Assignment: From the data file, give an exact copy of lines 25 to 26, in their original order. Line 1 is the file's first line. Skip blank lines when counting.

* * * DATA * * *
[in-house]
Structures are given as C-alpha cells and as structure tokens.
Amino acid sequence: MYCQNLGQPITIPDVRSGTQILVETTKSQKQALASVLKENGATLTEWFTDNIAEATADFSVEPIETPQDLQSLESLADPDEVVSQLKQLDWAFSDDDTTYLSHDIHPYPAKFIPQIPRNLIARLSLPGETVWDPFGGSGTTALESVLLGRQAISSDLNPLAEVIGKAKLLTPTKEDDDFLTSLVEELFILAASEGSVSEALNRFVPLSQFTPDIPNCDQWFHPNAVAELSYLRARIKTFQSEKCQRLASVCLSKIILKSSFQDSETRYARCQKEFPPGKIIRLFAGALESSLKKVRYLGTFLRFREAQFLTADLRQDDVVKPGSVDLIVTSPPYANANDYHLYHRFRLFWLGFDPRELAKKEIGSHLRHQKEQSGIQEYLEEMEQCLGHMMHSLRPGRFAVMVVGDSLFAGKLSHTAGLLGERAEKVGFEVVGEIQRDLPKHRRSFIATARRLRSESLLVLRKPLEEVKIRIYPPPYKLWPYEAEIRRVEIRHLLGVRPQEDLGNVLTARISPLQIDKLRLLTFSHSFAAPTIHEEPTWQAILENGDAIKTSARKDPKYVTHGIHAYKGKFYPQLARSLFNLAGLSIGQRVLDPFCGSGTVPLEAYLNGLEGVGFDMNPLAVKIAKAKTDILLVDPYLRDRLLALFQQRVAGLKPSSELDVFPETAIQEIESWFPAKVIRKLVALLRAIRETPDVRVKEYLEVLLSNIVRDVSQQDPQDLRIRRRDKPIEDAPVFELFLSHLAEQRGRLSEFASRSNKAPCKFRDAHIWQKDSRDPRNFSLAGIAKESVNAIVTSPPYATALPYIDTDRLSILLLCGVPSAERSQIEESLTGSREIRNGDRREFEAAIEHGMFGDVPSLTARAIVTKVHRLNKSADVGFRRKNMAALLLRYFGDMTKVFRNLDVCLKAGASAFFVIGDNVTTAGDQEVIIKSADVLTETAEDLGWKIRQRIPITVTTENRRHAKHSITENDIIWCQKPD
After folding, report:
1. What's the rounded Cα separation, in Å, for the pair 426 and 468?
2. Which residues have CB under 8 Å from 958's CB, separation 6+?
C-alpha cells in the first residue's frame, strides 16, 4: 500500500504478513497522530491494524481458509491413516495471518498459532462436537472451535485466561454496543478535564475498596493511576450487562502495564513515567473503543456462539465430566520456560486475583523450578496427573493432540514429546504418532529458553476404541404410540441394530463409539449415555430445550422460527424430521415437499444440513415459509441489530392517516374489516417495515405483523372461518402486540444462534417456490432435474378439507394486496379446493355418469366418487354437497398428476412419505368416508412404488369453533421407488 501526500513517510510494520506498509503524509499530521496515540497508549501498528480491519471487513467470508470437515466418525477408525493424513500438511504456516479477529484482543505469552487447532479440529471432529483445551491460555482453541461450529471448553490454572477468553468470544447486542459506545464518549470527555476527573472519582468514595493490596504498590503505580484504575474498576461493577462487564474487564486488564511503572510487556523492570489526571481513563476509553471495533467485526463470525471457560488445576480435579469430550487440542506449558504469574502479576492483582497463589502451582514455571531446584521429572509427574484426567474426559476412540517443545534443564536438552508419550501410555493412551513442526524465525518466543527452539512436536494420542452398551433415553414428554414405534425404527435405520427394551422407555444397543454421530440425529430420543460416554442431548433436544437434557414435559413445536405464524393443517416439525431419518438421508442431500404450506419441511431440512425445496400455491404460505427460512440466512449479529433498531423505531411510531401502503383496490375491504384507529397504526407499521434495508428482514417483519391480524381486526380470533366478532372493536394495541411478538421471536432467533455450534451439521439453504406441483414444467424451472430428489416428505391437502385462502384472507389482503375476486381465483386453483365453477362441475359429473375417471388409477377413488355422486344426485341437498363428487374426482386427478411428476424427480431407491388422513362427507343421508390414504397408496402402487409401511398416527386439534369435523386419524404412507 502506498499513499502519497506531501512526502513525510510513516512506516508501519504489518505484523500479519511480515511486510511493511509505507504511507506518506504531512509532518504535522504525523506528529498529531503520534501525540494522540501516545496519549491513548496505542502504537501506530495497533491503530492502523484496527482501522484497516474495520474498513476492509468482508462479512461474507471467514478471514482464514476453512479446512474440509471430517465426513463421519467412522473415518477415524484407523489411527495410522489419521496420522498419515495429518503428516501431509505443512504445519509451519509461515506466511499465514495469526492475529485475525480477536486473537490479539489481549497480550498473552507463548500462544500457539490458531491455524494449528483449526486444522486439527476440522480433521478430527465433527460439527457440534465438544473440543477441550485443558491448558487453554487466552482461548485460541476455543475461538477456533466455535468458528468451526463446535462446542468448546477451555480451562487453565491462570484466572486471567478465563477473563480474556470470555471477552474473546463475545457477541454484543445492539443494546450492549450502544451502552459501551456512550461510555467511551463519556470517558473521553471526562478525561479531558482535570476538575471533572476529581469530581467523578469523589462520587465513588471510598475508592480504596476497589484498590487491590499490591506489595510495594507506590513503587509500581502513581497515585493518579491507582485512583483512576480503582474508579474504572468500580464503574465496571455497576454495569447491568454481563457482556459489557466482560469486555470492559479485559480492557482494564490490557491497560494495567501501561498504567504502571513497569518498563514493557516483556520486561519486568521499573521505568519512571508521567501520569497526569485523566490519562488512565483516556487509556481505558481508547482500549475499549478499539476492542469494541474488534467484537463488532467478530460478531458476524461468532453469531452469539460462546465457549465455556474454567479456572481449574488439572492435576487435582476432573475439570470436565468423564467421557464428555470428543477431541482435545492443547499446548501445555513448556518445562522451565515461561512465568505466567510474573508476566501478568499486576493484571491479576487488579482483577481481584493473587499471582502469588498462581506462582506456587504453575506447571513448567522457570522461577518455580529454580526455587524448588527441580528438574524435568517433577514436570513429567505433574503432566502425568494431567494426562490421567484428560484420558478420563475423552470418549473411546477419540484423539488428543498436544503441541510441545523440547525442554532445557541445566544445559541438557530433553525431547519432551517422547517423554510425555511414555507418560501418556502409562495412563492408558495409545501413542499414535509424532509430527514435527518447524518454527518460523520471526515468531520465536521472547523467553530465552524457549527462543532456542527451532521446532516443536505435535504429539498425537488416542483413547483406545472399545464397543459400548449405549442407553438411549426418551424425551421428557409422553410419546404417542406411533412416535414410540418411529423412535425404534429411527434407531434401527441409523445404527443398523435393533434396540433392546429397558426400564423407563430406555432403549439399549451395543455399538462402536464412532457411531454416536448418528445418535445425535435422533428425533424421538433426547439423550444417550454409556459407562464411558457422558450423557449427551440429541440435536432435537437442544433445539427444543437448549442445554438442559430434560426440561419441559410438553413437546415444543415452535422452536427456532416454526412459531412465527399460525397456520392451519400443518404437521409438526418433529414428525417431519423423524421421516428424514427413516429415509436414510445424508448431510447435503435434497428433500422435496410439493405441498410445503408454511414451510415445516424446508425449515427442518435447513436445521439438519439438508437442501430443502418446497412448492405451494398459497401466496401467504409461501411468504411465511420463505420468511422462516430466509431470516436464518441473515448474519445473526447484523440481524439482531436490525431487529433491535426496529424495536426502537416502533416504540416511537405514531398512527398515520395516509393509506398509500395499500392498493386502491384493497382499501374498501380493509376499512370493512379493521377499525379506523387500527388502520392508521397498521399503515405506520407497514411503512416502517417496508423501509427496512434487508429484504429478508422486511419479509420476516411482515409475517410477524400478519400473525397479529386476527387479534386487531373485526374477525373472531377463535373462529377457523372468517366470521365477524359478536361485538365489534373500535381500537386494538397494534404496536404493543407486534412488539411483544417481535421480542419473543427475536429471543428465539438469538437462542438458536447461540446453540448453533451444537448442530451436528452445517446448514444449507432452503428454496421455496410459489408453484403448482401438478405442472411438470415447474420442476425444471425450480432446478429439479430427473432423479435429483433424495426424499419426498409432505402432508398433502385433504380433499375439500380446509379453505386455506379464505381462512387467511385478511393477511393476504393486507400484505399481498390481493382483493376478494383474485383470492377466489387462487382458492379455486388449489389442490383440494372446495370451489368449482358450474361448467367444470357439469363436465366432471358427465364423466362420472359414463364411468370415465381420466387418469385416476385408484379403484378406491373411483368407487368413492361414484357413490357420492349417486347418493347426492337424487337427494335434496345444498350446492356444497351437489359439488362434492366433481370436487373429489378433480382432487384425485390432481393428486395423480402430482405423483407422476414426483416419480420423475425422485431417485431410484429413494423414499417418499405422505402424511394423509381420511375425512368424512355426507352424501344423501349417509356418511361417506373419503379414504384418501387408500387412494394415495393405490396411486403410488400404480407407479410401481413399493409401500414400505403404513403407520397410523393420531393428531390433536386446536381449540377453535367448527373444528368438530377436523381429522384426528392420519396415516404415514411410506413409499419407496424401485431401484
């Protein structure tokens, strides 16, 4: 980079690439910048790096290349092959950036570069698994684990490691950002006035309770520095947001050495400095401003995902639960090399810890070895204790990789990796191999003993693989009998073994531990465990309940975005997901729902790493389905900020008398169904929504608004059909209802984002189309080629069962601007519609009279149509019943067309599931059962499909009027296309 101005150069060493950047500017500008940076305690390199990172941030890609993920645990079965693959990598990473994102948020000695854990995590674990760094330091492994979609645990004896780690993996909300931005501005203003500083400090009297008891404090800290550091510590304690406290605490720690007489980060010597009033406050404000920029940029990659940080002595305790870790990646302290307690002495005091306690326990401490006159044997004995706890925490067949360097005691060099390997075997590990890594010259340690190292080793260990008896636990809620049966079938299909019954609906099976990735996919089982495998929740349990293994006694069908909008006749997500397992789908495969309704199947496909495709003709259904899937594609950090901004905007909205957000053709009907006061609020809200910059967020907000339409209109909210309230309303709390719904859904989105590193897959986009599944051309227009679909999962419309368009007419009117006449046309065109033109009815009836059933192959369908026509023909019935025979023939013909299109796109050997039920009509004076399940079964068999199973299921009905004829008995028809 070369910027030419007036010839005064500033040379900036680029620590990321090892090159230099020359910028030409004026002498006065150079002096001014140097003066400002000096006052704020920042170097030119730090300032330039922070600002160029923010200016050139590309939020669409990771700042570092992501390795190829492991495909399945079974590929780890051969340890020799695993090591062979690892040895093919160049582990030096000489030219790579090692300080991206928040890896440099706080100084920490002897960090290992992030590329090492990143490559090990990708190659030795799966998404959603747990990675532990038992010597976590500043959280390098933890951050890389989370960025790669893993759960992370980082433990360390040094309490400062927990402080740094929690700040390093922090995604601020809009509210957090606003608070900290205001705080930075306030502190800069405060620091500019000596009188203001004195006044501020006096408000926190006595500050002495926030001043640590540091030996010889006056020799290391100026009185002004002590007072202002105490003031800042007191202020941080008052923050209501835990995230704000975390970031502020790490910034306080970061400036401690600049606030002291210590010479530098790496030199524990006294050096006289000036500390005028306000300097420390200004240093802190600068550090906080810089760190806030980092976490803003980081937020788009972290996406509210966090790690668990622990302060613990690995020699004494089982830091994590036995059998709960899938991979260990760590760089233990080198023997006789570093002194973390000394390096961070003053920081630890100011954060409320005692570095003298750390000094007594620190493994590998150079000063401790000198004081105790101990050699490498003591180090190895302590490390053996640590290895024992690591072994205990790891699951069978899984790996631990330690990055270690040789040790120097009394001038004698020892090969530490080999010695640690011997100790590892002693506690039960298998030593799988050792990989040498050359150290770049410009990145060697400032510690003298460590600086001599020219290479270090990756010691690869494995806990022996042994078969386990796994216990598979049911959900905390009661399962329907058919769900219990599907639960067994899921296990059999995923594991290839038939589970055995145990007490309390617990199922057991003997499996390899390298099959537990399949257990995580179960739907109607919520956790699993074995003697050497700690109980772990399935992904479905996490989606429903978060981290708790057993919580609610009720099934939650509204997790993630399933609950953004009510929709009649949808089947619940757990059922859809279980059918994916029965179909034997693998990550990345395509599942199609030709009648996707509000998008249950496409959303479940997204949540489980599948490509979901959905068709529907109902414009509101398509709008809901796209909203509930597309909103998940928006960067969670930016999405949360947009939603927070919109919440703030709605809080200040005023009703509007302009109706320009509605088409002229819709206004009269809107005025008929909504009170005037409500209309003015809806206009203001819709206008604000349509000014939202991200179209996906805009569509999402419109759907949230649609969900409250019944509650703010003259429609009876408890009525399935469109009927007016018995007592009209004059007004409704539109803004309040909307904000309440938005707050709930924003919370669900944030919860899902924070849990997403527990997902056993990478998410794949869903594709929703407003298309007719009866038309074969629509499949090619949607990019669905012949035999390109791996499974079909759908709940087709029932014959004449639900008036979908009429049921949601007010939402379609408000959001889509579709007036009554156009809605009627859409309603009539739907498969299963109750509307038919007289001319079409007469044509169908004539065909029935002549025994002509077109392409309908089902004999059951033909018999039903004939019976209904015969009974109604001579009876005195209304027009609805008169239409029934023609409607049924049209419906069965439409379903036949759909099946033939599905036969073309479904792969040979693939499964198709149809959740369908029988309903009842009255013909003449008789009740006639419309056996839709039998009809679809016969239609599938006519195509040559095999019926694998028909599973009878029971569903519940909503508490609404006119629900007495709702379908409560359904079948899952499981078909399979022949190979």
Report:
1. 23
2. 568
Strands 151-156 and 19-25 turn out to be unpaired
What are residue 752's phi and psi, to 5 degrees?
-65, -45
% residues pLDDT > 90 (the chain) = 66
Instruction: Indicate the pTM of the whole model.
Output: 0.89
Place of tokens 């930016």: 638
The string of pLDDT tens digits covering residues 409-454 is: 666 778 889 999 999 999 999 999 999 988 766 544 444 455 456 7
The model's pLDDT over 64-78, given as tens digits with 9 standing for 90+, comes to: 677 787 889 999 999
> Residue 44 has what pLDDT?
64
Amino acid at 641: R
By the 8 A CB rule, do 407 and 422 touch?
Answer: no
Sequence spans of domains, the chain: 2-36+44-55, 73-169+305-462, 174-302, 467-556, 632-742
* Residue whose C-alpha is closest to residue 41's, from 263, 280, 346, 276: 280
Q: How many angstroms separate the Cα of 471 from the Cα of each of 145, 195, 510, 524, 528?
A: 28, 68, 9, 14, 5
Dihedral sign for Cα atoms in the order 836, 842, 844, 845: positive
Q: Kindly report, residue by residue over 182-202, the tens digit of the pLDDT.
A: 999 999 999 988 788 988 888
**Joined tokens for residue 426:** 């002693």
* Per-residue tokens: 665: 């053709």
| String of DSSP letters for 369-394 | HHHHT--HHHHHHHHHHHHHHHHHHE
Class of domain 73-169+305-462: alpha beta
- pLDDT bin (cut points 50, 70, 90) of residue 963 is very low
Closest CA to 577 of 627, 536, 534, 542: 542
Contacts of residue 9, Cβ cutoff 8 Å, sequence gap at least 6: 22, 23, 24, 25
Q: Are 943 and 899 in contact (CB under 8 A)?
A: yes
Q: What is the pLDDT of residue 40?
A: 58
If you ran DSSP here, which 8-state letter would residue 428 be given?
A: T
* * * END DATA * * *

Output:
Answer: no
Sequence spans of domains, the chain: 2-36+44-55, 73-169+305-462, 174-302, 467-556, 632-742